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The State Water Resources Control Board (Wat. Code, 174(a)) has permitting authority, limited to surface water and to “subterranean streams flowing through known and definite channels.” It does not have authority over “percolating groundwater” that is not part of a subterranean stream, which is regulated by local agencies. It has authority to prevent the unreasonable or wasteful use of water regardless of its source. Living Rivers unsuccessfully sought a writ of mandate to compel the Board to rescind its approval of a policy designed to maintain instream flows in coastal streams north of San Francisco. Living Rivers alleged several violations of the California Environmental Quality Act (CEQA; Public Res. Code, 21000) relating to the indirect environmental effects of surface water users switching to groundwater pumping as a result of the policy. The court of appeal affirmed, rejecting arguments that a revised supplemental environmental declaration’s (RSED) conclusion that increased groundwater pumping was uncertain or unlikely was in conflict with the Board’s finding that groundwater pumping could have significant effects on the environment; the RSED did not adequately describe or discuss the adoption of the Subterranean Stream Delineations as a mitigation measure; and the RSED’s stated reasons for finding the Subterranean Stream Delineations infeasible were erroneous as a matter of law. View "Living Rivers Council v. State Water Resources Control Board" on Justia Law

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Plaintiffs and appellants Luz Solar Partners Ltd., III; Luz Solar Partners Ltd., IV; Luz Solar Partners Ltd., V; Luz Solar Partners Ltd., VI; Luz Solar Partners Ltd., VII; Luz Solar Partners Ltd., VIII and Harper Lake Company VIII; and Luz Solar Partners Ltd., IX and HLC IX (collectively “Luz Partners”) challenged the assessment of real property improved with solar energy generating systems (SEGS units) for tax years 2011-2012 and 2012-2013. They contended that defendants-respondents San Bernardino County (County) and the Assessment Appeals Board of San Bernardino County (Appeals Board) erroneously relied on the State of California Board of Equalization’s (Board) incorrect interpretation of the applicable statutes governing the method of assessing the value of the property. Finding that the Board correctly interpreted the applicable law in setting forth the method of assessing the value of the solar properties, the Court of Appeal affirmed. View "Luz Solar Partners Ltd. v. San Bernardino County" on Justia Law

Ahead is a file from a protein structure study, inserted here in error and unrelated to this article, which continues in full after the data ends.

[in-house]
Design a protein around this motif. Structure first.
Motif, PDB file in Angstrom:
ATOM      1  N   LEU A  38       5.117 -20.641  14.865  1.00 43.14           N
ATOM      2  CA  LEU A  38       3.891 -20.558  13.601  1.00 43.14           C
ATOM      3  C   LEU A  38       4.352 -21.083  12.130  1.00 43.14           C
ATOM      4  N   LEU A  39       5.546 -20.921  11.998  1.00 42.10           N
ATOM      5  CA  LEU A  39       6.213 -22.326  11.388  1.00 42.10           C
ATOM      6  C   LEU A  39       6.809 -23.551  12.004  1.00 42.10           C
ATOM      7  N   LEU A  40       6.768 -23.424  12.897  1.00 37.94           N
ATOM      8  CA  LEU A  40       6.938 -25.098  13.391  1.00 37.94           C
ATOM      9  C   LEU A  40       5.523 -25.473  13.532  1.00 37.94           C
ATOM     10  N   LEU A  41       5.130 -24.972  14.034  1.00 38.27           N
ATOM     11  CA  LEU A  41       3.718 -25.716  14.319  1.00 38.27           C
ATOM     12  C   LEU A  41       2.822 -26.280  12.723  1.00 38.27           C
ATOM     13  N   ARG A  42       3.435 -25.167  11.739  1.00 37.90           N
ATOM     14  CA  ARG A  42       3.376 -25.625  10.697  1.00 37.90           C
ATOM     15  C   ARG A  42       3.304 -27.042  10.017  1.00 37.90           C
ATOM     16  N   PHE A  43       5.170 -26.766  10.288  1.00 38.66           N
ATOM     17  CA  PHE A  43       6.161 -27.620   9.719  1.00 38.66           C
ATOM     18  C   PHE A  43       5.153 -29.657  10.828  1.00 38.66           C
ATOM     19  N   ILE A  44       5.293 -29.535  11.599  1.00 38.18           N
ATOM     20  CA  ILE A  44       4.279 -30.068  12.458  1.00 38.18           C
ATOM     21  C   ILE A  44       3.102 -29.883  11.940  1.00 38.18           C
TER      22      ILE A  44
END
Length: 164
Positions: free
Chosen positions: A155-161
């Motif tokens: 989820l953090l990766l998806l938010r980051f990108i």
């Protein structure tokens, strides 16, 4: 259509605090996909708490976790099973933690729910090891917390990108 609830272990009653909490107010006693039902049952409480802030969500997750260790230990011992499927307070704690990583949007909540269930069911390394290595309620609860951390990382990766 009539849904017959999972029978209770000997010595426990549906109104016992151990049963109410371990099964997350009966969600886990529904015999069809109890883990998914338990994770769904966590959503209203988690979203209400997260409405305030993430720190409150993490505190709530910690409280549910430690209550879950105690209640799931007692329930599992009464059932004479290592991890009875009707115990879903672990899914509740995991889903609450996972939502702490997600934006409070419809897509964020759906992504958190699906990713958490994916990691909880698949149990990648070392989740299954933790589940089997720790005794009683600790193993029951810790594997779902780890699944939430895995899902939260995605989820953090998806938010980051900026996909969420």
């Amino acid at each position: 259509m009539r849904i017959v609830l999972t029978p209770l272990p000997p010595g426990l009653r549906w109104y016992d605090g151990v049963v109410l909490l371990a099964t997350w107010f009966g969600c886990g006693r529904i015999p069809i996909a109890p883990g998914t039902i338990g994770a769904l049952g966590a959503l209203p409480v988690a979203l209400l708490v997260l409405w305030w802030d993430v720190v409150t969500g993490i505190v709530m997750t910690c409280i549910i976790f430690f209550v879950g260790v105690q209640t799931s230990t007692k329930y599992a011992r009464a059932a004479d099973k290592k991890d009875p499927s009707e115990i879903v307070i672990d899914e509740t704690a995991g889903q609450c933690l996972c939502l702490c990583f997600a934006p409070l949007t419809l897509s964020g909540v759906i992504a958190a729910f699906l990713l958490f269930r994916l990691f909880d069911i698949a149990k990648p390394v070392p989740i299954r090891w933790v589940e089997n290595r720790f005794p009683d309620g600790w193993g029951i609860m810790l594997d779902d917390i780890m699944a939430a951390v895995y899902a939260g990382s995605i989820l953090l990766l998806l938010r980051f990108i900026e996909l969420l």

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The 4.75-acre Laurel Way site is in a hillside canyon, is steeply sloped, and contains a private, dead end street that is only partially paved. Redwood City divided its proposed development into a first phase, involving paving the roadway, installing utilities and sewer connections, landscaping, and drainage infrastructure, and a second phase, involving the construction of residences on the lots. The second phase is not to commence until the first phase is complete and approved. In 2006, the developer sought a planned development permit (PDP). The city held several workshops and public meetings then circulated a draft environmental impact report (EIR). In 2010, the planning commission certified a final EIR, adopting findings for mitigation measures, including a mitigation monitoring program. In 2013, the commission approved the PDP for the infrastructure improvements with 63 conditions. The approved project contemplates up to 16 new houses; there are two existing houses. The appeals court reinstated the PDP approval. The trial court abused its discretion by failing to evaluate the legal status of the 18 lots under the Subdivision Map Act (Gov. Code 66410). The PDP does not cover the development of individual lots, so issues regarding the legal status of the individual lots under the SMA are not ripe for judicial review. View "Save Laurel Way v. City of Redwood City" on Justia Law